• Magnetometric complex MAG, composed of two magnetometers and a star sensor.

• The space segment of equipment for gravity measurements Gravity Science. The second segment is located on Earth, while the measurements themselves are carried out using the Doppler effect.

• Microwave radiometer MWR for studying the atmosphere at great depths.

• Ultraviolet spectrograph UVS for studying the structure of Jupiter’s auroras.

• JADE tool for fixing the distribution of low-energy charged particles in auroras.

• JEDI high-energy ion and electron distribution detector.

• A detector of plasma and radio waves in the magnetosphere of the Waves planet.

• JIRAM infrared camera.

• The JunoCam optical-range camera housed on the Juno is primarily for educational purposes for the general public. This camera has no special tasks of a scientific nature.

Design Features and Technical Characteristics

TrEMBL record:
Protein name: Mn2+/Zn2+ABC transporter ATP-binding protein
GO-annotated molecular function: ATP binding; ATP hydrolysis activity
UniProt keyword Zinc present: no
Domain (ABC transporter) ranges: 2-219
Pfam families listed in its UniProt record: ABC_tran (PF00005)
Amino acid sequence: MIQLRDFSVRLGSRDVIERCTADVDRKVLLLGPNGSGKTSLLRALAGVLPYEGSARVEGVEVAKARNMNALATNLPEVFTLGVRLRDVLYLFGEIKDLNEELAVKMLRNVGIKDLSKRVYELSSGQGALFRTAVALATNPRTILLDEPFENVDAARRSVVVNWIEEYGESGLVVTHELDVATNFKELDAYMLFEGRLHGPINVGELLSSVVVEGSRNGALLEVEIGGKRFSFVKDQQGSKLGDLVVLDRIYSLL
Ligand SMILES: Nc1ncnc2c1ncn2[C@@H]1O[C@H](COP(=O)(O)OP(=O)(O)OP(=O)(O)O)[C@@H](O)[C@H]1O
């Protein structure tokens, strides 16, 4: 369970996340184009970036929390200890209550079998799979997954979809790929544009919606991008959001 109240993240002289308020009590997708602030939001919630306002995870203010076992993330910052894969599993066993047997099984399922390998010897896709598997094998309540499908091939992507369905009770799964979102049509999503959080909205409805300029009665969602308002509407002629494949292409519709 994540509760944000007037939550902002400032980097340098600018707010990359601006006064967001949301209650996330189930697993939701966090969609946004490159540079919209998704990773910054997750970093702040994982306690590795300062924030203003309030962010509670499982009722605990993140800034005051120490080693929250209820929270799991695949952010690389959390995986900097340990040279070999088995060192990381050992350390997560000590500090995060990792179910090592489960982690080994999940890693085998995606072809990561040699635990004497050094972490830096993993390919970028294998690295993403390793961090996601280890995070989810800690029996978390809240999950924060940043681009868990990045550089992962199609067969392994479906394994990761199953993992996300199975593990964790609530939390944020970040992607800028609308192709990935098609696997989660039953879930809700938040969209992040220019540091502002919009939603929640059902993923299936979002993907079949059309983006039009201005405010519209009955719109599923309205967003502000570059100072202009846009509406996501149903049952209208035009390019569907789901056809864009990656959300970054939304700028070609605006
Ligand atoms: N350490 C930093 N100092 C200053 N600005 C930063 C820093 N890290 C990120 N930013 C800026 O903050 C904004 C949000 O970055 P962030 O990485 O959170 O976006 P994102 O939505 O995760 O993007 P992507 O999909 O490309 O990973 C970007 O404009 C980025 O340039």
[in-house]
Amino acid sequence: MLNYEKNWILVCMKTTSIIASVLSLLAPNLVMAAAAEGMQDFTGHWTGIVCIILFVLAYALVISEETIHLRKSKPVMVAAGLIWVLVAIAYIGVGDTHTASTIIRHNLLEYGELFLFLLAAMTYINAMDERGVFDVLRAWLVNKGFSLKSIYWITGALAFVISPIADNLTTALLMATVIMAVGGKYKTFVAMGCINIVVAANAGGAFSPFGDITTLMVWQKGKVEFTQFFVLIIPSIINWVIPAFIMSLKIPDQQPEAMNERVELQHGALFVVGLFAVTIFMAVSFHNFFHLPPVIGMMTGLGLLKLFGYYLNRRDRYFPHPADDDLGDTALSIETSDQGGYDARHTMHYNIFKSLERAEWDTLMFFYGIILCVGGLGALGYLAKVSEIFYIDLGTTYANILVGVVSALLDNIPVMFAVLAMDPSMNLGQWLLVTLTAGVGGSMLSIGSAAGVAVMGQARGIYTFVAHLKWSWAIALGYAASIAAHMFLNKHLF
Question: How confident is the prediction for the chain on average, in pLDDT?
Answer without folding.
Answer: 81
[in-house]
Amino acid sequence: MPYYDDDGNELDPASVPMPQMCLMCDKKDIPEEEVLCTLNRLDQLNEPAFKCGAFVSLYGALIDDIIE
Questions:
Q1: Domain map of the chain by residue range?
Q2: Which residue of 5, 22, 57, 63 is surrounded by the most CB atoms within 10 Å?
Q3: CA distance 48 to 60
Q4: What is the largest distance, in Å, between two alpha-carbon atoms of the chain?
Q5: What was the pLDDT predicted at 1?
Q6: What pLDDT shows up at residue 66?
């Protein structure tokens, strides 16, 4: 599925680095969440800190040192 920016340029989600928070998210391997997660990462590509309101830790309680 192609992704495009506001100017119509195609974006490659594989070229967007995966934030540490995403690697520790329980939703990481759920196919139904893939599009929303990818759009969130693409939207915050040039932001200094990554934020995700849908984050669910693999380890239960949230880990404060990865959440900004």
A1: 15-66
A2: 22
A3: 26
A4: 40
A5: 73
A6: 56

Swirling cloud belts in the southern hemisphere. Credit: NASA/JPL-Caltech/SwRI/MSSS/Kevin M. Gill
Swirling cloud belts in the southern hemisphere. Credit: NASA/JPL-Caltech/SwRI/MSSS/Kevin M. Gill

The spacecraft had a launch mass of 3625 kg. Of these, only about 1600 kg come from the station itself, the rest of the mass – fuel and oxidizer – is consumed during the mission.

In addition to the main engine, the spacecraft is equipped with four modules of orientation engines. The power supply of the probe is provided by three 9-meter solar panels. The diameter of the apparatus, excluding its length, is 3.5 meters.

The stunning northern hemisphere of Jupiter. Credit: NASA/JPL-Caltech/SwRI/MSSS/Kevin M. Gill
The stunning northern hemisphere of Jupiter. Credit: NASA/JPL-Caltech/SwRI/MSSS/Kevin M. Gill

The developers took into account the special conditions in which Juno has to work. The characteristics of the spacecraft are adapted to the conditions of long-term stay within the powerful radiation belts of the giant planet. The vulnerable electronics of most instruments are housed in a special cubic titanium compartment that is protected from radiation.

Portraits of Jupiter

Color-enhanced images of Jupiter by the Juno Mission. Credit: NASA/JPL-Caltech/SwRI/MSSS/Gerald Eichstädt/Sean Doran
Color-enhanced images of Jupiter by the Juno Mission. Credit: NASA/JPL-Caltech/SwRI/MSSS/Gerald Eichstädt/Sean Doran